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Monday, March 9, 2015

Saving Private Hook

Northern Ireland, 1971.  A year before the infamous “Bloody Sunday,” tensions between Catholics and Protestants are reaching a boiling point.  A young British paratrooper (Jack O’Connell) is sent with his squad to maintain order and assist the local constabulary with a house-to-house search in Catholic-controlled west Belfast.  His young and wet-behind-the-ears leftenant told them to ditch their riot gear and don their berets because “we need to go out there and reassure people. We're here to protect them. We need to look them in the eye and tell them that.”  Whoo boy, just what could possibly go wrong?

''71,' first-time French helmer Yann Demange’s superbly crafted and tightly paced historical melodrama, is cut from the same cloth as Walter Hill's 'Southern Comfort,' a heady cocktail of adrenaline-fueled survival story mixed with a riveting cat-and-mouse hunt through the mean streets of west Belfast.  Taut and nail-bitingly suspenseful, '’71' paints a vivid and sobering picture of the religious tensions and political upheavals in Northern Ireland at a time when enemies can become friends and the loyalties of “friends” can be questionable.  Jack O’Connell, who recently portrayed yank Louie Zamperini in Angelina Jolie’s ‘Unbroken,’ proved once again that he’s a talented young Brit actor to keep an eye on, delivering a compelling and believable performance as the hapless soldier-in-peril trapped deep inside hostile territory trying to survive.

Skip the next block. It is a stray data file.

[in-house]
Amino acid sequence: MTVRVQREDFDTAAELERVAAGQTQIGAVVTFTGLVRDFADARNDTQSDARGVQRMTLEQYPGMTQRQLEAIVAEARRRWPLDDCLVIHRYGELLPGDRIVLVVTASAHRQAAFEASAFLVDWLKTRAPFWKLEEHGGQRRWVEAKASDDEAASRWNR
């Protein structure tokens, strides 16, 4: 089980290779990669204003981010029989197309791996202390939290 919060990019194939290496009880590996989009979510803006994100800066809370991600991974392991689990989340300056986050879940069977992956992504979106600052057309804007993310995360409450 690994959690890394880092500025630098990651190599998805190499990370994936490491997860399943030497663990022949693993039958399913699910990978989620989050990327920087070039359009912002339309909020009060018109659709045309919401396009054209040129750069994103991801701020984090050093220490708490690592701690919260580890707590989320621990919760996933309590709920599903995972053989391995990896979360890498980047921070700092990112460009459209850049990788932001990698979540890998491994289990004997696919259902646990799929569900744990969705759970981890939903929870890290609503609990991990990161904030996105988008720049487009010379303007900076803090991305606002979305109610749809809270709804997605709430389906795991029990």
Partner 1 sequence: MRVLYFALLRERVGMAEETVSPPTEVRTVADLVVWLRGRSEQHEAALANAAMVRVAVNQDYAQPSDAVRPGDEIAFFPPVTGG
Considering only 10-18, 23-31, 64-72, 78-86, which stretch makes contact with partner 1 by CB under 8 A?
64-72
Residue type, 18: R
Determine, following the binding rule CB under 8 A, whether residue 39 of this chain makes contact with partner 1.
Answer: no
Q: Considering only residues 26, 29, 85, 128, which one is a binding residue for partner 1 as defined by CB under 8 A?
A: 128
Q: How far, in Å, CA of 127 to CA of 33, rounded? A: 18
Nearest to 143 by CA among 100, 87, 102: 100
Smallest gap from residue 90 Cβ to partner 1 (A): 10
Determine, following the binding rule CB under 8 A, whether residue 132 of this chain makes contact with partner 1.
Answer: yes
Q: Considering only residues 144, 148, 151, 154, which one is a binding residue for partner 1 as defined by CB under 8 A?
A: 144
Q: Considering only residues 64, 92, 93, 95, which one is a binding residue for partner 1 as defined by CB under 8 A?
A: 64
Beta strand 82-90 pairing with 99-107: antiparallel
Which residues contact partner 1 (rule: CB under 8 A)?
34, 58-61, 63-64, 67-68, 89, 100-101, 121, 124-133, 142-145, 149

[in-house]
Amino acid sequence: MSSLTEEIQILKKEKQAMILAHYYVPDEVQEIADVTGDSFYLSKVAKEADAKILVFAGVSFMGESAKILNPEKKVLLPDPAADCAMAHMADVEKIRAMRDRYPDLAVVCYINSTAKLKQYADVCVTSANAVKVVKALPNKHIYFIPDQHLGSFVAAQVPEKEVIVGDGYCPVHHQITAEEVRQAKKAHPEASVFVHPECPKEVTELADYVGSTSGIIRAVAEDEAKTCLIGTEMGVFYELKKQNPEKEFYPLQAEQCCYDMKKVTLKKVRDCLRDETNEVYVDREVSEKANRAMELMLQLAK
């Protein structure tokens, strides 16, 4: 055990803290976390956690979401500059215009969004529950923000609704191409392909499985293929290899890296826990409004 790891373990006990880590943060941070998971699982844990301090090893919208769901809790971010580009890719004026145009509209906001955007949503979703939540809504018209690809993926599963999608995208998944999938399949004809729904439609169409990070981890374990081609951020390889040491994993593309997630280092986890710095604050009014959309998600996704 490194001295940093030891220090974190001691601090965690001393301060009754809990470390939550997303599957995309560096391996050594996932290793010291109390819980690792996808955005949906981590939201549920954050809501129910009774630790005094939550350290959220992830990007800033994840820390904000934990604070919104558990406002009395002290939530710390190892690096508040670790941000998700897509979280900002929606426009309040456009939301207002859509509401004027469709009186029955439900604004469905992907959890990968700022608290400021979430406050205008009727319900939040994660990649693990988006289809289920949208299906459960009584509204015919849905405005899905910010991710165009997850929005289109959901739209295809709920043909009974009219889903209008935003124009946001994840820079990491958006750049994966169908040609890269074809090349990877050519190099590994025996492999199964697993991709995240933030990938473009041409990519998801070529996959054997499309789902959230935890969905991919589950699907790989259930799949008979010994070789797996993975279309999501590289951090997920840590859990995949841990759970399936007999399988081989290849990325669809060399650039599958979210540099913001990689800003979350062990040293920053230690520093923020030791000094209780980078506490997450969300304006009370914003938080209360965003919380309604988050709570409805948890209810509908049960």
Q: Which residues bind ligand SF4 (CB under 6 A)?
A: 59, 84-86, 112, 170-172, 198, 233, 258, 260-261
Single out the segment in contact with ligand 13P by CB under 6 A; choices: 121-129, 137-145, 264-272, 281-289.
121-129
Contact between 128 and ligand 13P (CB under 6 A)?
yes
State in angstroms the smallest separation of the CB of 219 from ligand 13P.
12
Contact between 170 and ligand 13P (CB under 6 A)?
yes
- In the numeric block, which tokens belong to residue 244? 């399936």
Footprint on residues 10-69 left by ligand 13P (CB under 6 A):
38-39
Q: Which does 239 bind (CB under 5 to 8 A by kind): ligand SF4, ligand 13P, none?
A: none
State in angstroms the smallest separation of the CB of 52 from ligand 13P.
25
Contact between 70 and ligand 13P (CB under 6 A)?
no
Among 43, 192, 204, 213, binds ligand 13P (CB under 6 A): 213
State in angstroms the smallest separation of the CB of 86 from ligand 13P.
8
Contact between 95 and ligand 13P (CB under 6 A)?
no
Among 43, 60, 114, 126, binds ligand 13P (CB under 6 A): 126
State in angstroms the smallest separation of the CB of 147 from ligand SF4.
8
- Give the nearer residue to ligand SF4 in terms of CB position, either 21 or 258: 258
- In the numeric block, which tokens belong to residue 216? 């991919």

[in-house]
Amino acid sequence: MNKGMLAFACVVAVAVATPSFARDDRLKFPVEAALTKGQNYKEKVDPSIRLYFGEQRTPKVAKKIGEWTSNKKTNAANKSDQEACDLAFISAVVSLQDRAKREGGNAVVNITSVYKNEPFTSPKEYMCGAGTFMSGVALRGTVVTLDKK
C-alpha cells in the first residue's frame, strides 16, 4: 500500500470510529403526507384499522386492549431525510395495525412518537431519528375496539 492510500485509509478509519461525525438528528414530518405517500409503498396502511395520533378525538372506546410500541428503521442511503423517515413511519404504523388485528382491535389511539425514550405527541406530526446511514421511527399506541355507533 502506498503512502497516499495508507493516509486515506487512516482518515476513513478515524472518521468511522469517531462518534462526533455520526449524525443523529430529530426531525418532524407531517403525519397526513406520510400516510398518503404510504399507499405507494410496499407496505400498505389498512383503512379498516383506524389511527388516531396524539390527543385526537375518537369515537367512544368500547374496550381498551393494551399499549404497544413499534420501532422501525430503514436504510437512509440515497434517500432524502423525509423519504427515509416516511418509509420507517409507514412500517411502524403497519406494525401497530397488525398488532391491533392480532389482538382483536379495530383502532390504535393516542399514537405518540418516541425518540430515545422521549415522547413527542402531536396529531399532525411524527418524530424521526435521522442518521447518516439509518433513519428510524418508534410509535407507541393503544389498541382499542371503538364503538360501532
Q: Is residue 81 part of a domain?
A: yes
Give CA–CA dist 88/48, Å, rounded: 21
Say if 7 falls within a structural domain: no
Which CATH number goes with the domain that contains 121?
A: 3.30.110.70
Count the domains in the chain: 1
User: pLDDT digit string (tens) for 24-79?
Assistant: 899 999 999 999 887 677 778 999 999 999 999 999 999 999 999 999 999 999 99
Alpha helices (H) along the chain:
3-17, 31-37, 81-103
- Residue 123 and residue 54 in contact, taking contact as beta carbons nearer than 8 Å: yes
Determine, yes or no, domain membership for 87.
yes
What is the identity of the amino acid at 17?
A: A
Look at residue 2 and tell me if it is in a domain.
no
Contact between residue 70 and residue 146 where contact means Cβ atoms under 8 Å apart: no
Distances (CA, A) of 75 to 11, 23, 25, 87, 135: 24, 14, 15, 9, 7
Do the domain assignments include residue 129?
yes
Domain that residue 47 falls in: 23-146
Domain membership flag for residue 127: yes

From the opening scene of his army training to his final deliverance, '’71' grabs us and never lets go.  While there are scenes of brutal violence, including a bombing at a loyalist pub by the IRA, there are also moments of kindness, such as a former medic and his daughter patching up our badly injured protagonist.  By far my favorite scene in the movie is a furious foot chase through the streets and alleyways of Belfast the likes of which we haven’t seen on celluloid since Keanu Reeves' undercover FBI agent doggedly pursued Patrick Swayze's bank robber in Kathryn Bigelow’s 1991 surf noir crime thriller ‘Point Break.’

Grade: A
 
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